When preparing for travel – what type of guidance do you look for? Do you seek out advice of friends/family who travelled to your destination before? Do you skidaddle straight to Chapters to grab a Moon/Lonely Planet/Fodor’s? Or do you head to places like Trip Advisor or Yelp?
I was recently asked by an acquaintance who works in the tourism sector where I looked for local haps and sweet places to visit/eat/drink/stay/shop. For the last seven years or so I’ve used the four methods below to ferret out urban intel. My city travel style is usually a mix of hip & hot, off the beaten park path and as local as I can get. Though I’m leaning a little bit more towards electronic advic these days (hello twitter chats, Instagram, Facebook groups), my favourite city guides are analog. Check out my picks for navigating new metropolis after the jump….1) Wallpaper* City Guides – I cannot gush enough about these slick little numbers. The books are split into tabbed sections like: landmarks, hotels, architour, shopping and escapes.
It was because of the Wallpaper* Mexico City guide I had the best queso fundido of my life at the Camino Real and ogled the Sharp Centre for Design in Toronto. I love that the Wallpaper* City Guides are small, succinct and include photos and little notes pages and a fold out map in the back. As you can tell my copies are dog-eared from love and use. (The Rio de Janerio one is for a future bucket list trip). Though they can be dated – I’d like to think that the folks at Wallpaper magazine have a great sense of what’s happening beyond the year they are published. For you millennials, there is a Wallpaper City Guide app now, so a nice digital option, I suppose. (Full disclosure: I LOVE PAPER AND BOOKS, so I haven’t tried any of the apps.)
2) Design*Sponge City Guides – these are less bourgeois than the Wallpaper* booklets. Usually they are written by a local designer/shop owner or yuccie living in said city. I’ve used these for both Mexico City, Portland, San Franciso, Ottawa, Seattle and San Diego all with success. My logic regarding searching for the Design*Sponge city guides goes like this: if Grace Bonney, the highly respected blogger and founder of D*S puts stock in the guides, then dang I will too. Another great thing about the D*S guides, they usually print out on 5-6 double-sided sheets, so are easy to transport. And, bonus, they are free AND updated often.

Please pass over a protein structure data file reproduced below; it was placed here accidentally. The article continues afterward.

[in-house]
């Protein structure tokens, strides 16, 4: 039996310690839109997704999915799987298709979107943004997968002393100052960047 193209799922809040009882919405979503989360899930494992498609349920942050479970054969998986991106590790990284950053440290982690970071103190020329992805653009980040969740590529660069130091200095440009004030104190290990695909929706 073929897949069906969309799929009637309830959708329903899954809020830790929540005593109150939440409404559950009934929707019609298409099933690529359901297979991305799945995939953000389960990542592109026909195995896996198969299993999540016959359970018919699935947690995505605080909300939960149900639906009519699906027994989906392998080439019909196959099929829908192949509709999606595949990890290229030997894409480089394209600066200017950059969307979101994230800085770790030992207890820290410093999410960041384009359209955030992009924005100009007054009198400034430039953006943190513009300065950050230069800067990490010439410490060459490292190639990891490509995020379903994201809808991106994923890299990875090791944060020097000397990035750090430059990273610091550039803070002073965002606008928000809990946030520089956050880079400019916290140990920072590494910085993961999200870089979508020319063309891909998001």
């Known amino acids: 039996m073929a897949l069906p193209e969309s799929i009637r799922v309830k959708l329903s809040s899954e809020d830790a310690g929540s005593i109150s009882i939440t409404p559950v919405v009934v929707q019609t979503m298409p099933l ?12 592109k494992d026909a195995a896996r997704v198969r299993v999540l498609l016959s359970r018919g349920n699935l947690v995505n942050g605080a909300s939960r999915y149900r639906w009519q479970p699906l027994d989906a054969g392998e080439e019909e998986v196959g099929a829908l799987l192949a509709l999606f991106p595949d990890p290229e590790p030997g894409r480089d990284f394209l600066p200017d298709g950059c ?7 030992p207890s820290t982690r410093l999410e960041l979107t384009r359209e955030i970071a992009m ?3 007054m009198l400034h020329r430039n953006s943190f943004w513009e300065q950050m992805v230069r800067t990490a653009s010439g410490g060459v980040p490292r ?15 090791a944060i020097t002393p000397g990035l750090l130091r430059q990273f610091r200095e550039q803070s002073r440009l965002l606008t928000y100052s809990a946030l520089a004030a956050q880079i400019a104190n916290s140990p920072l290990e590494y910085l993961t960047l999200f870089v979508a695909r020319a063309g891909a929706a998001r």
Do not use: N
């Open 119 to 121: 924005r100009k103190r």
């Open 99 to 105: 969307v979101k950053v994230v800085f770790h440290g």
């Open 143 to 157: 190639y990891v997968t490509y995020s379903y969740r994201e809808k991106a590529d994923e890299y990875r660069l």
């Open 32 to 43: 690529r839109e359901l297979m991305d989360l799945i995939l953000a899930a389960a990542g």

3) Local alternative weeklies – this one works if you’re travelling somewhere that: A) has an alternative weekly and B) you can read the language or your travel buddy can read the language of said weekly. For example, the Georgia Straight in Vancouver has great events listings, restaurant reviews and general arts and entertainment news. Do a little nosing around on the inter webs before you go to find out what the name is of the weekly. You can then either: read it online before you go or if you’re increasingly scattered and newspaper/magazine pack-ratty like me, pick up a copy when you get there and read over your first couple of meals or bus rides.
4) Where Magazines or Edible Magazines – Where Magazines are more of a general events listing type of publication that is offered in cities across North America. They usually have a few short articles but mostly listings, which I believe are paid for, so you have to keep that in mind that you’re reading a number of advertised listings. Edible Magazines are local food-focused and include restaurant info and eating type activities. You want to pick up an Edible Magazines if you love farmer’s markets and not McDonalds. Yay.
Bonus: Go super old school and find a friend or friend of friend who has travelled to your destination recently (or numerous times is great too) or better yet – lived there. Ask for their top five to 10 things/places to visit in an email or over coffee. Because that’s how sometimes the best travel advice happens – hermana y hermana.
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